Although Daniel Johnston never quite had the commercial breakthrough he (and Atlantic records) were hoping for, in 2019 his songs (though not his own recordings of them) can regularly be heard on TV, advertising Apple (‘The Story of An Artist’) and Dogs Trust (‘True Love Will Find You In The End’), a far cry from the days of handing out tapes to random strangers.

***

Daniel Johnston in 1983, photo by Pat Blashill

I can pinpoint my own interest in Daniel Johnston to 1990 and to a review in Melody Maker by Everett True (Jerry Thackray; one of the all-time great music writers) of the Daniel Johnston/Yo La Tengo single ‘Speeding Motorcycle’. The review had the oft-seen Pat Blashill picture of Daniel holding the tape of Yip/Jump Music and smiling somewhat unnervingly, and mentioned a notorious, then-recent incident in which, during a schizophrenic episode, he had driven an old woman to jump out of a window; interesting and tragic, but more to the point for me was True’s evaluation of Daniel’s songwriting prowess, comparing his gift for melody with Lennon and McCartney; I was intrigued.

That weekend, I looked for the record in Edinburgh’s always-dependable Avalanche Records; they didn’t have it yet, but they did have the Homestead Records double vinyl edition of Daniel’s 1983 cassette Yip/Jump Music; it had the original version of ‘Speeding Motorcycle’ on it. I bought it and never looked back. In the following weeks I returned and bought the 1990 LP (on Shimmy-disc), the 50 Skidillion Watts album Jad Fair and Daniel Johnston/Daniel Johnston and Jad Fair (1989) and Hi, How Are You (Homestead records). Johnston is often seen as an obscure artist, but if he never quite reached the Beatlemania-like heights that he seems to have expected early in his career, it was still impressive that tapes recorded on a boombox at his home in Texas could end up readily available on vinyl in Scotland, even in the days before his brief career as a major label artist.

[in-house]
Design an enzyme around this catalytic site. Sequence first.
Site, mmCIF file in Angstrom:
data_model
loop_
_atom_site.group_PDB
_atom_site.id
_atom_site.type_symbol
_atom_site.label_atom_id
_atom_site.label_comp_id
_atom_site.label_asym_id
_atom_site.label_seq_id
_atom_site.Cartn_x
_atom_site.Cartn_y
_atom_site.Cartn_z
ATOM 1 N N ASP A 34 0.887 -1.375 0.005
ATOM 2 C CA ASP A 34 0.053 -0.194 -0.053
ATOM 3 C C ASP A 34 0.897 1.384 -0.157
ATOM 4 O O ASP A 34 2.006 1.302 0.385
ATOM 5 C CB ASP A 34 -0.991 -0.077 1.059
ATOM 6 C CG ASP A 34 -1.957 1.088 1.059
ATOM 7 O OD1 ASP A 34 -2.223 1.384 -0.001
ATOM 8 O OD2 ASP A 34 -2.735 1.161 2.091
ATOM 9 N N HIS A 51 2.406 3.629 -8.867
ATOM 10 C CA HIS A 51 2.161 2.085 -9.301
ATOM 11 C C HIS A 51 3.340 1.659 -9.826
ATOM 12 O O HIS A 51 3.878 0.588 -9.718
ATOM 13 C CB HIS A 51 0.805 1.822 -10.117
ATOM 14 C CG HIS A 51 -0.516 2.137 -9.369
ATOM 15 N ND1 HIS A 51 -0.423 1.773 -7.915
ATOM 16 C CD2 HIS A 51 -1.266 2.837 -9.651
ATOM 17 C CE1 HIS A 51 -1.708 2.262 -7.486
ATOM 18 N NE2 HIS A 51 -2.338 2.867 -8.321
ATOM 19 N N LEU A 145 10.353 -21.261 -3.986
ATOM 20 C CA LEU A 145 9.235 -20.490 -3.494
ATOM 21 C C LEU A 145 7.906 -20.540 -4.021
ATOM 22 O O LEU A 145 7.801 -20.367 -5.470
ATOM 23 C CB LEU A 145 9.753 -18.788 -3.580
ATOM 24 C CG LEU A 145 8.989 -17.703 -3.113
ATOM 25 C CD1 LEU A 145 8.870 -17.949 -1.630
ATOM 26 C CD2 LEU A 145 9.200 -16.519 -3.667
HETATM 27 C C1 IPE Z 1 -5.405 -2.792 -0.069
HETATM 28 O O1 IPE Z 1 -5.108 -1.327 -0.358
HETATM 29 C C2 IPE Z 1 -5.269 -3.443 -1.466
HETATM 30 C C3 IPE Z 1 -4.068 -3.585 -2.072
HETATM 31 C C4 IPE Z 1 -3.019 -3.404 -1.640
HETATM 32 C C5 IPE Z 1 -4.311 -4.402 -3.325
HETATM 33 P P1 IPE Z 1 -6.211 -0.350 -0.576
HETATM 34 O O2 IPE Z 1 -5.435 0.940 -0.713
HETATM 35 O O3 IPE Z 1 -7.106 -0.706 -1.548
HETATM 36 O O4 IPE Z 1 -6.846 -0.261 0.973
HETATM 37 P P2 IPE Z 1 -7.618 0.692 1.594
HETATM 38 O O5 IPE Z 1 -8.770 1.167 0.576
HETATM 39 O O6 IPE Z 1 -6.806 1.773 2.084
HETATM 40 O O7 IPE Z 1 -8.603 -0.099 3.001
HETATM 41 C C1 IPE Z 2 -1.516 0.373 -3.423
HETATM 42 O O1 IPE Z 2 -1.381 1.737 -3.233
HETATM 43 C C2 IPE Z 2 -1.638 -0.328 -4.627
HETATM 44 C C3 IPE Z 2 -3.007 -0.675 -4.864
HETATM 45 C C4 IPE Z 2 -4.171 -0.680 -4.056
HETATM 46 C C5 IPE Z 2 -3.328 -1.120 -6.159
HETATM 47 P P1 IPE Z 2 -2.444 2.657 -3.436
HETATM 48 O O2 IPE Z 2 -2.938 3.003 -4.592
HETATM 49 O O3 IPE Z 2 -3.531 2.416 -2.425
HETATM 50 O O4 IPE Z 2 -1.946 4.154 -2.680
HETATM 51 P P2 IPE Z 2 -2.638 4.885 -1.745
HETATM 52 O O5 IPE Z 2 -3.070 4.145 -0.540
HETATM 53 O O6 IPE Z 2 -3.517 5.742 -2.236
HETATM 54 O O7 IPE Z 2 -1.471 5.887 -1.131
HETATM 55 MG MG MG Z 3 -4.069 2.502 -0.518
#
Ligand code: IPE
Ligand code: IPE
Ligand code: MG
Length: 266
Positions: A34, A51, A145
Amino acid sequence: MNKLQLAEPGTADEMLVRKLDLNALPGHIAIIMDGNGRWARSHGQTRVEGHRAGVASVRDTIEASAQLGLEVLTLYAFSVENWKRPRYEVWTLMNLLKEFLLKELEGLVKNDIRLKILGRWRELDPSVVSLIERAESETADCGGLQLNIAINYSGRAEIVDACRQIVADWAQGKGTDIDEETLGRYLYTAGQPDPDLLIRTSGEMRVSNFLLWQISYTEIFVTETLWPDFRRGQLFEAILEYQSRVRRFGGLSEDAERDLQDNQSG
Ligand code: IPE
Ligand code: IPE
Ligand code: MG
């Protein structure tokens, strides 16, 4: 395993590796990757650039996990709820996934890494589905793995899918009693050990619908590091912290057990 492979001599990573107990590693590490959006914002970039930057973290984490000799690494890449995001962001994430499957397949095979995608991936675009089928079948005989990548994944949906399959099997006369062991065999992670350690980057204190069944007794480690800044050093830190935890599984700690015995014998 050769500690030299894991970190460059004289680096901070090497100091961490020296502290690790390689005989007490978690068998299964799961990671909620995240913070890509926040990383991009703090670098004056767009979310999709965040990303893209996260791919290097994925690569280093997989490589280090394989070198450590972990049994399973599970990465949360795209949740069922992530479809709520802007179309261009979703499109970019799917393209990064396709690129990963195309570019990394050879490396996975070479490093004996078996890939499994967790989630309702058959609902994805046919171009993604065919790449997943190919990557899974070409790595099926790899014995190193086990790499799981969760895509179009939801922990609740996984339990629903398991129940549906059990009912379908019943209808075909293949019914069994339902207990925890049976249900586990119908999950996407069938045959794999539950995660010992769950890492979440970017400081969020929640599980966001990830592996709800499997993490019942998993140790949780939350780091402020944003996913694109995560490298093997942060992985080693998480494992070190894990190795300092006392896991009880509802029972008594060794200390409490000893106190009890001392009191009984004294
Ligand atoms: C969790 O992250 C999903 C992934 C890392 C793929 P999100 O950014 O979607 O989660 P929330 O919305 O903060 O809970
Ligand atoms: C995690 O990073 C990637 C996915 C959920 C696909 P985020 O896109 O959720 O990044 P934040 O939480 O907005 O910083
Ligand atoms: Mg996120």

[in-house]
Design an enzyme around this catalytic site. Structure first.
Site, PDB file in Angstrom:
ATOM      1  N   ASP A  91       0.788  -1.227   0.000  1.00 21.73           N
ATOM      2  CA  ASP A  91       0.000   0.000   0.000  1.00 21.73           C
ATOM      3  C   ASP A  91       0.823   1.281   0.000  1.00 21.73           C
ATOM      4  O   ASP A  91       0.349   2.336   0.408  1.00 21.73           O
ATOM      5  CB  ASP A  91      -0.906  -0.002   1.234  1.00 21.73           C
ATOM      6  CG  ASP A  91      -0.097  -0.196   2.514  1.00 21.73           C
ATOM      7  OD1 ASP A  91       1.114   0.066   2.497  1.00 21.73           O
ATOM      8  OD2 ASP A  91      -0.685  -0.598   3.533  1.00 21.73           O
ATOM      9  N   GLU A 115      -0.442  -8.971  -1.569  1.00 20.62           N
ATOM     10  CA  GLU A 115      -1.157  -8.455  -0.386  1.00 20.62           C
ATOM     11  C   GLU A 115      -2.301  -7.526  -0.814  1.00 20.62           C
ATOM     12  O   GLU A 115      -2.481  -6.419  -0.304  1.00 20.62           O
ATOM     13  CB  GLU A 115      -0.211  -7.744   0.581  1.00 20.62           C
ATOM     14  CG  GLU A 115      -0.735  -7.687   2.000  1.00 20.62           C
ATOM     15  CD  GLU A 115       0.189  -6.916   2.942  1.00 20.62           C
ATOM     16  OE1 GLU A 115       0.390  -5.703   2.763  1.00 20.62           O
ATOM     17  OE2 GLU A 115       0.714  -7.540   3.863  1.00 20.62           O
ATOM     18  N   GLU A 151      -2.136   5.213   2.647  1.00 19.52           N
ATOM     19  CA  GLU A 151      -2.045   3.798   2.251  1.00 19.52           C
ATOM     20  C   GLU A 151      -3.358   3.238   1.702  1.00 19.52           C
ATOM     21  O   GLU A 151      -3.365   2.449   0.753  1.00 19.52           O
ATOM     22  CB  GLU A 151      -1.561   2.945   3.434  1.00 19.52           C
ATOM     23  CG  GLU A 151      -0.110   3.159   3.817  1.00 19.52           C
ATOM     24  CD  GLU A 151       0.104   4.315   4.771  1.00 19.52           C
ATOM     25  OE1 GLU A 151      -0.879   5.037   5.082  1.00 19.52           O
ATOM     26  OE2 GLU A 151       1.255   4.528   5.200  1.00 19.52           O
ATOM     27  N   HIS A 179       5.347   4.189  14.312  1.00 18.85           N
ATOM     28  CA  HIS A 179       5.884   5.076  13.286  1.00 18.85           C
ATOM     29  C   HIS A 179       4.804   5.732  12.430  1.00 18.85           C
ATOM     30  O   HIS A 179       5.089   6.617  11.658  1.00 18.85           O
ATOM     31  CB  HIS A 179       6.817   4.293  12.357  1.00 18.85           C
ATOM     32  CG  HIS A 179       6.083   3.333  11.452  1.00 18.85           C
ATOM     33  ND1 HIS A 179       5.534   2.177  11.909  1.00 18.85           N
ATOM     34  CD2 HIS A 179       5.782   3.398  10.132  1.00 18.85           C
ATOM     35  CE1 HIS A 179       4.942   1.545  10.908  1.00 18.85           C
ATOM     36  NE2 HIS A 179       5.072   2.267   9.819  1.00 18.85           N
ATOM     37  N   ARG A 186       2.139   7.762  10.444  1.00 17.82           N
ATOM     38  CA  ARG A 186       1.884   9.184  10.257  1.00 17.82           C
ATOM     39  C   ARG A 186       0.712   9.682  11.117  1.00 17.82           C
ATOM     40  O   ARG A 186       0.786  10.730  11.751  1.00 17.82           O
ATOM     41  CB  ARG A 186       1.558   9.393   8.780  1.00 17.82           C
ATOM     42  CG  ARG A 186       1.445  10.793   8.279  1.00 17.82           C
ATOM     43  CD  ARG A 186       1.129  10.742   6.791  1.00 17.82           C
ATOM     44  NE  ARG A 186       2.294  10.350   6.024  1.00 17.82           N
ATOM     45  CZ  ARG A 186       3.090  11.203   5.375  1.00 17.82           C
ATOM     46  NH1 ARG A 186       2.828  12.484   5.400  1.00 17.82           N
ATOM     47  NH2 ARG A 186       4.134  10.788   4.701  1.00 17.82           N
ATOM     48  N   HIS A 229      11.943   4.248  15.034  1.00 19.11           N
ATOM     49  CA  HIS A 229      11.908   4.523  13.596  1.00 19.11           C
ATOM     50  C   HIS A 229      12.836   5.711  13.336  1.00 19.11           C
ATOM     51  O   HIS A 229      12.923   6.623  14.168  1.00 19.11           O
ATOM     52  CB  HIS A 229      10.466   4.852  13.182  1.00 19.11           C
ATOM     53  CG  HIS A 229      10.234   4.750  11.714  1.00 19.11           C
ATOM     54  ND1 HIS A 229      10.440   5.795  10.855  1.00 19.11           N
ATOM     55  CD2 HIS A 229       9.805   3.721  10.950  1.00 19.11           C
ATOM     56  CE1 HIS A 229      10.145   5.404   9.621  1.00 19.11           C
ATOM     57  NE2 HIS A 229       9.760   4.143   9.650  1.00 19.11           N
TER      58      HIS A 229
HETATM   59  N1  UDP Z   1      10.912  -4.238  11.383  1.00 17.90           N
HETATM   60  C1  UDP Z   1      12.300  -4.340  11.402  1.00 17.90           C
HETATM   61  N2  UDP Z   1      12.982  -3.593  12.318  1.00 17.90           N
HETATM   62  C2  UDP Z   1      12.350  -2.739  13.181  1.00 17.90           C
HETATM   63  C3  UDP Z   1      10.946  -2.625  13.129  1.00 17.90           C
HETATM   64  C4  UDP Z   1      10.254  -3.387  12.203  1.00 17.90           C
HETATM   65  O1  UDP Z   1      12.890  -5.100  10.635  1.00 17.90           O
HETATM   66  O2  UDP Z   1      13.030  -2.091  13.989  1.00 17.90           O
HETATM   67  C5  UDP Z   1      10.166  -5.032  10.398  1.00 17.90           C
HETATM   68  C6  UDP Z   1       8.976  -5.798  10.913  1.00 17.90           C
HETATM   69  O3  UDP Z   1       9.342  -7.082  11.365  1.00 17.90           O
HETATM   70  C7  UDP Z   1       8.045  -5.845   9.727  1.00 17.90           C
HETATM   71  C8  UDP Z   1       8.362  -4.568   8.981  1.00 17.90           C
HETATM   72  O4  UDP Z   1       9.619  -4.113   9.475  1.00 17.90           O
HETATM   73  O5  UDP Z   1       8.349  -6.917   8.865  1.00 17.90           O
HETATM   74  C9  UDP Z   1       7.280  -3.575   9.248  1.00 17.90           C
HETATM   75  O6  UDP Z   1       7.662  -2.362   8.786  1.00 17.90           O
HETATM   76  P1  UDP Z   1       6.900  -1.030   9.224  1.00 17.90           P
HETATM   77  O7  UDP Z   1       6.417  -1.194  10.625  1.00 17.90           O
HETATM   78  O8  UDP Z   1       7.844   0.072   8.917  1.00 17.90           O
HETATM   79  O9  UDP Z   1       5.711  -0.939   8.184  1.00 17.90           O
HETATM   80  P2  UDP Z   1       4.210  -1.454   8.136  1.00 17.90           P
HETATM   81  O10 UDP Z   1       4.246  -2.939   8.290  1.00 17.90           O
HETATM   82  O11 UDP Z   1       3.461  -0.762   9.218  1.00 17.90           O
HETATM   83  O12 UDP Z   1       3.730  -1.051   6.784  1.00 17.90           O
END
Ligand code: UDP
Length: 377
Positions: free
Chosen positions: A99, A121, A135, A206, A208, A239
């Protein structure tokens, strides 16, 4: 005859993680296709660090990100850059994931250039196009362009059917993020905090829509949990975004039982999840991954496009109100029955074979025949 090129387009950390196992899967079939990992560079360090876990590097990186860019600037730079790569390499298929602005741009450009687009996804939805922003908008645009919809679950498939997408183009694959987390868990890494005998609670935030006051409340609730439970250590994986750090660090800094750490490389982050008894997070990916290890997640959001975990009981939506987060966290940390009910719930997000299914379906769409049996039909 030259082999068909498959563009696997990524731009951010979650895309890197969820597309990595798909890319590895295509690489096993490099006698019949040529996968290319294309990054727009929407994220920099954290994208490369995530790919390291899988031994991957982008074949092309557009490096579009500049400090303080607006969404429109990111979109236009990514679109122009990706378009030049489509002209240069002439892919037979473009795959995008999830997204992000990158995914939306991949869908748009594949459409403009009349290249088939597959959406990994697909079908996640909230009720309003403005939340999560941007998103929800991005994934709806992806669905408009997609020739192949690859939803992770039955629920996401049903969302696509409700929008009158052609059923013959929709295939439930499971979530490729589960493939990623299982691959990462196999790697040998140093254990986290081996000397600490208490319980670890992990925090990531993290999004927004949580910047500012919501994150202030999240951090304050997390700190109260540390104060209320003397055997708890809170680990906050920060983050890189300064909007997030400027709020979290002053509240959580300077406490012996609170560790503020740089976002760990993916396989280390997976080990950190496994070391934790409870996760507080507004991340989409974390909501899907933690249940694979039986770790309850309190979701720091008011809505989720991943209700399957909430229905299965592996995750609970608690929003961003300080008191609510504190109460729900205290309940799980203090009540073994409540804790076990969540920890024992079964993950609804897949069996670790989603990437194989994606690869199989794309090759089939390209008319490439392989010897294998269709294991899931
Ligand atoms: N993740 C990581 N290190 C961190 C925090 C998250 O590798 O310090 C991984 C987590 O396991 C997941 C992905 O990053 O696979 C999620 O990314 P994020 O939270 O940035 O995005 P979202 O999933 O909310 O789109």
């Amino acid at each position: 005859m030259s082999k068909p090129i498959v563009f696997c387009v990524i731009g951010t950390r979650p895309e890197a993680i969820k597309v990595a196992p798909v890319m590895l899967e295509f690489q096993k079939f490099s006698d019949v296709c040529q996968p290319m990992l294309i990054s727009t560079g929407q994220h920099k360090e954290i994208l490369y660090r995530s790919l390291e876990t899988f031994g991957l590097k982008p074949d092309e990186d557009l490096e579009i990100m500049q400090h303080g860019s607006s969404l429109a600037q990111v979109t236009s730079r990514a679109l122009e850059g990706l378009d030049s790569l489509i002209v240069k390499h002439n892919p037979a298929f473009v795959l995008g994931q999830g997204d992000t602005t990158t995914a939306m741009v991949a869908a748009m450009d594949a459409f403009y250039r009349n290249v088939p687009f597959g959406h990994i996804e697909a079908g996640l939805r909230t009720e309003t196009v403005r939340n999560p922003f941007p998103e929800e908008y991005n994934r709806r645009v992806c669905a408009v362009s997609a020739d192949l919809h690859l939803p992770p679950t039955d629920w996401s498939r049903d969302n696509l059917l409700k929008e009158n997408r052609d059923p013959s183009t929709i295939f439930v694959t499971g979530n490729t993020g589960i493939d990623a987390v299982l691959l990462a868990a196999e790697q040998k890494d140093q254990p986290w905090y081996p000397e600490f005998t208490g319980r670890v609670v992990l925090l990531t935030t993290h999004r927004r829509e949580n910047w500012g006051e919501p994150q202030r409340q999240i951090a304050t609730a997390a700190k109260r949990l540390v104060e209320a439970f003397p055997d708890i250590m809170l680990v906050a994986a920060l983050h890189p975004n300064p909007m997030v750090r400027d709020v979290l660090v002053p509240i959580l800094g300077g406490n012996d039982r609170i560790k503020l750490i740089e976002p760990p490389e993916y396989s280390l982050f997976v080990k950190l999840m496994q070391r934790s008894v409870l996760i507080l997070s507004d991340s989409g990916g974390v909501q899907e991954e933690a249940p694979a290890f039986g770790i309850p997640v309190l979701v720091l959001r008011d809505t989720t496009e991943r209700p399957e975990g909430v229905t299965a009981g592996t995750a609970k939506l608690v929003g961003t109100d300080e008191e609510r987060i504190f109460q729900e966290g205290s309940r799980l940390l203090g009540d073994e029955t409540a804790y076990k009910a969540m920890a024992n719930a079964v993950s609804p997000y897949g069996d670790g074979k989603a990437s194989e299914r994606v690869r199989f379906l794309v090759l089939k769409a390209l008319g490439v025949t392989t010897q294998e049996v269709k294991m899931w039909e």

From the first hearing, Johnston’s music was like nothing else. It was powerful partly because of those Beatles-esque melodies, but also because the songs were so personal and so specific. For a stereotypically depressive adolescent who spent most of his waking hours brooding over unrequited crushes, it felt instantly familiar and welcoming. Where other artists that I loved at the time largely presented dramatised, generalised or even abstract versions of themselves and their experiences, Johnson’s lyrics felt life-sized, detailed yet enigmatic, like the scene of a disaster made unbearably poignant by the detritus of everyday existence. Here was an iconography, a mythology even, of very specific, mundane places (the department store, the funeral home, the museum), people (the girl – Laurie – who was the focal point of most of his songs, but also the librarian and, more sinisterly, the mortician) as well as characters he identified with (Casper the Friendly Ghost, King Kong, the Creature from the Black Lagoon). Though fragmented, there were clearly narratives thereof unrequited love and mental breakdown – with, at their heart, the painfully cordial relationship with the woman of his dreams who, one would guess from the songs had little idea of the central role she played in his life:

“I remember how we looked at the embryo in the jar together
And I remember how we stood talking in the store to each other
It was love
But what is it now?
It’s pain

And I remember you at the funeral shaking hands and hanging coats
And I remember you standing pregnant at the art room
It was weird
But what is it now?
It’s pain”

(‘I Remember Painfully’ from Yip/Jump Music)